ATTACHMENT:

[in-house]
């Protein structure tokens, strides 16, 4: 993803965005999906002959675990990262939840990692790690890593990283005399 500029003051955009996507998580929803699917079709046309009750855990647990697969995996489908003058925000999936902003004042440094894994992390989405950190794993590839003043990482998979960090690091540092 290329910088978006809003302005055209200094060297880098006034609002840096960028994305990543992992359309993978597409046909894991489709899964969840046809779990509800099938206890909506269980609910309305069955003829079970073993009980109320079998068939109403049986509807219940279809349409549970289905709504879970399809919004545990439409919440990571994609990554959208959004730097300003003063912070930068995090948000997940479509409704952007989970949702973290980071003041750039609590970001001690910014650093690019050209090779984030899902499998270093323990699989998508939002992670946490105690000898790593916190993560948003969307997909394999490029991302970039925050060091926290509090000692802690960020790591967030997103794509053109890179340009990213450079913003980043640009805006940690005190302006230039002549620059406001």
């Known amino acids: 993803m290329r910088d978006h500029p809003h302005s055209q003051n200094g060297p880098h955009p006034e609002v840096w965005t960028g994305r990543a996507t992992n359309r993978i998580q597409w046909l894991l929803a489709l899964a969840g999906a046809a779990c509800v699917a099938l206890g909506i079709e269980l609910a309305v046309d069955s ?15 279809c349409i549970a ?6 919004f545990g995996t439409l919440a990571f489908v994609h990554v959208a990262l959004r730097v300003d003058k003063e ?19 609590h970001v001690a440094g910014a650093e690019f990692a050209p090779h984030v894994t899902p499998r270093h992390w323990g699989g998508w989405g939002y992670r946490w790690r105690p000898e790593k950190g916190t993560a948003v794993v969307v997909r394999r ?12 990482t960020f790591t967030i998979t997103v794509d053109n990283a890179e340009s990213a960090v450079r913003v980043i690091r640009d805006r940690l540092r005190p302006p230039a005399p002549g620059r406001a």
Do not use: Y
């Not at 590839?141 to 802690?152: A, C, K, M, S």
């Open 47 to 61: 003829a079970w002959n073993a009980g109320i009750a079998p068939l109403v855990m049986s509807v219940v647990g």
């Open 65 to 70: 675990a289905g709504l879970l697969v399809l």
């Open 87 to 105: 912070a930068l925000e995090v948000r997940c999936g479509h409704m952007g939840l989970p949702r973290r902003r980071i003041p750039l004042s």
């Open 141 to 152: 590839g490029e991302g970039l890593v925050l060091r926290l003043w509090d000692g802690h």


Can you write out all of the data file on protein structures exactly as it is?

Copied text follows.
[in-house]
């Protein structure tokens, strides 16, 4: 993803965005999906002959675990990262939840990692790690890593990283005399 500029003051955009996507998580929803699917079709046309009750855990647990697969995996489908003058925000999936902003004042440094894994992390989405950190794993590839003043990482998979960090690091540092 290329910088978006809003302005055209200094060297880098006034609002840096960028994305990543992992359309993978597409046909894991489709899964969840046809779990509800099938206890909506269980609910309305069955003829079970073993009980109320079998068939109403049986509807219940279809349409549970289905709504879970399809919004545990439409919440990571994609990554959208959004730097300003003063912070930068995090948000997940479509409704952007989970949702973290980071003041750039609590970001001690910014650093690019050209090779984030899902499998270093323990699989998508939002992670946490105690000898790593916190993560948003969307997909394999490029991302970039925050060091926290509090000692802690960020790591967030997103794509053109890179340009990213450079913003980043640009805006940690005190302006230039002549620059406001």
């Known amino acids: 993803m290329r910088d978006h500029p809003h302005s055209q003051n200094g060297p880098h955009p006034e609002v840096w965005t960028g994305r990543a996507t992992n359309r993978i998580q597409w046909l894991l929803a489709l899964a969840g999906a046809a779990c509800v699917a099938l206890g909506i079709e269980l609910a309305v046309d069955s ?15 279809c349409i549970a ?6 919004f545990g995996t439409l919440a990571f489908v994609h990554v959208a990262l959004r730097v300003d003058k003063e ?19 609590h970001v001690a440094g910014a650093e690019f990692a050209p090779h984030v894994t899902p499998r270093h992390w323990g699989g998508w989405g939002y992670r946490w790690r105690p000898e790593k950190g916190t993560a948003v794993v969307v997909r394999r ?12 990482t960020f790591t967030i998979t997103v794509d053109n990283a890179e340009s990213a960090v450079r913003v980043i690091r640009d805006r940690l540092r005190p302006p230039a005399p002549g620059r406001a």
Do not use: Y
């Not at 590839?141 to 802690?152: A, C, K, M, S």
């Open 47 to 61: 003829a079970w002959n073993a009980g109320i009750a079998p068939l109403v855990m049986s509807v219940v647990g």
């Open 65 to 70: 675990a289905g709504l879970l697969v399809l």
């Open 87 to 105: 912070a930068l925000e995090v948000r997940c999936g479509h409704m952007g939840l989970p949702r973290r902003r980071i003041p750039l004042s």
């Open 141 to 152: 590839g490029e991302g970039l890593v925050l060091r926290l003043w509090d000692g802690h």